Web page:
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Do You Know How To Query?

The following article is an excerpt from “Success: Your Path to a Successful Book” by Maralyn D. Hill and Brenda C. Hill, and is reprinted with permission (and a big thank you to Maralyn). You can learn more about Maralyn at the end of this article.

Do you know how to Query? Magazines, Agents and Publishers all require query letters. This article is appropriate for submissions to any or all of the three mentioned. If you are an aspiring travel writer or one who is established, it is still important to review these suggestions.

The next two paragraphs are aimed at those who want to publish books, but, unfortunately, similar statistics go along with magazine and newspaper queries. With that market shrinking on a weekly, if not daily basis, you need to present your writing ability and knowledge of the subject well.

An important factor is reflected in a quote from E. Keith Howick, Jr., President of WindRiver Publishing, in his new book (released July 2009), “Blow Us Away! Publishers’ Secrets for Successful Manuscripts [2] (I highly recommend it, as it gives you hard facts).

“About 20 million manuscripts are circulating among thousands of U.S. publishers at any given time. From these manuscripts, about 400,000 new titles are published each year. …A manuscript has about a one-in fifty chance of being published (these statistics include self-published authors).”

I’ll paraphrase another one of Keith’s comments “…85% of books do not make it past the query letter as the query letter is not well written.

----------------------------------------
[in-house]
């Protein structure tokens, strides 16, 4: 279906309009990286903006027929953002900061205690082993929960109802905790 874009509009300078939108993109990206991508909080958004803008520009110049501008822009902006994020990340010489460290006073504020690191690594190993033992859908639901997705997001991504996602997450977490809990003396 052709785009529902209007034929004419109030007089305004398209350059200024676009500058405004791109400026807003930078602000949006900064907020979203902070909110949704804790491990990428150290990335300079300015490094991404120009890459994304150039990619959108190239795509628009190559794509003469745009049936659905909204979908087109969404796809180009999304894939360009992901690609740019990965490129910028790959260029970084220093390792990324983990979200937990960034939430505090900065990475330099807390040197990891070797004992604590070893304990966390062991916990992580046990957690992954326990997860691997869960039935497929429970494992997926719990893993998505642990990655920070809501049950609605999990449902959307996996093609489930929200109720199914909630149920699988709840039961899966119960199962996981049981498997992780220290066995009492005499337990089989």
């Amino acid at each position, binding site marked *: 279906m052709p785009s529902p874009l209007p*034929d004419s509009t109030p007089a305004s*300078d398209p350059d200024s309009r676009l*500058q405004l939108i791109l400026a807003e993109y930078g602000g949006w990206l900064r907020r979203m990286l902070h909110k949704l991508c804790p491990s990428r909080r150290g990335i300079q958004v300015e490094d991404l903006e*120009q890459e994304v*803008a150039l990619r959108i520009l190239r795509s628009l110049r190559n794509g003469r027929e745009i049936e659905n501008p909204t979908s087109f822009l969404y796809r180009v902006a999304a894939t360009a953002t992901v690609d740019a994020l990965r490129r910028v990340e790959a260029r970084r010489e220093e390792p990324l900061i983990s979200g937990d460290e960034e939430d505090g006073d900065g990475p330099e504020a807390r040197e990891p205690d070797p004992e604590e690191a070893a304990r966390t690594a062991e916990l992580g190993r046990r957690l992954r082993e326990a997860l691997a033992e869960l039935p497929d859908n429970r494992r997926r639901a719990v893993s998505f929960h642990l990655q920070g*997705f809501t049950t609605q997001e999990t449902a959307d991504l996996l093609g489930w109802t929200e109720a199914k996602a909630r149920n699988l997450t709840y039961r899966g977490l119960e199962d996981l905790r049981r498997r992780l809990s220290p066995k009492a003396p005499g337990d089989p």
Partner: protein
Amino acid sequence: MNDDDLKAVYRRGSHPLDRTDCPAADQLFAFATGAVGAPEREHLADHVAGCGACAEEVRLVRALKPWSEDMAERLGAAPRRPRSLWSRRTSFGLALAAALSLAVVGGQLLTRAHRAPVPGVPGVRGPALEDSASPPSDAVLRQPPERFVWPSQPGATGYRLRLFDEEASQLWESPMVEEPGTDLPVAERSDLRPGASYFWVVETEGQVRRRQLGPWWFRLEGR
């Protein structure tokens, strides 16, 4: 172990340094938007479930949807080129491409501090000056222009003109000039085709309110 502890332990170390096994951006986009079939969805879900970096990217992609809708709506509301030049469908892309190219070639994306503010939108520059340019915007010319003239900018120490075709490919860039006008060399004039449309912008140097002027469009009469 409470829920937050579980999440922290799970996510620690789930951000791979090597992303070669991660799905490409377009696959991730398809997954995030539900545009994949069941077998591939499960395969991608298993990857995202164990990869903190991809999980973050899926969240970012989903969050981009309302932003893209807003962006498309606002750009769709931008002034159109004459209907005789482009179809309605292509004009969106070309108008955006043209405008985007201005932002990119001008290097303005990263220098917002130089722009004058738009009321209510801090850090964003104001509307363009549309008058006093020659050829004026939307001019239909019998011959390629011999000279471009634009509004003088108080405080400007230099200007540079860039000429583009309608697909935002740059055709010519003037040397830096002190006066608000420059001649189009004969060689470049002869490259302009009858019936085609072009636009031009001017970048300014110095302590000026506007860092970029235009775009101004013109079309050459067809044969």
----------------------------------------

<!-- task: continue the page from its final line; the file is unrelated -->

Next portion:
You may want to read The Renegade Writer’s Query Letters That Rock: The Freelance Writer’s Guide to Selling More Work Faster [3]
, by Linda Formichelli and Diana Burrell. It provides query letters that have worked, along with comments from the writer and editor.

I’d like to emphasize the importance of going to a magazine, agent, or publisher’s website. Be sure to look for the guidelines and follow them to the letter. If they do not review or publish material on your topic, don’t send it as it will land in the trash pile. If the guidelines say use one inch margins, use one inch margins even if 1.5 inch looks better. The same goes for spacing. Many ask for double spaced pages, yet others request 1.5 spacing.

Query Musts:

Be sure your query letter has a hook and draws in the reader. In addition to having your material edited and formatted properly, knowing you are writing to their market, learn from your queries. If you are rejected and they don’t provide feedback, write a polite letter and ask if they could tell you why or what it would take to be considered. If you’re lucky, you could get some feedback that could help you tighten your copy.

Many thanks again to Maralyn D. Hill for permission to reprint the above article!

Do you struggle with Query Letters or find them simple? Share your experience!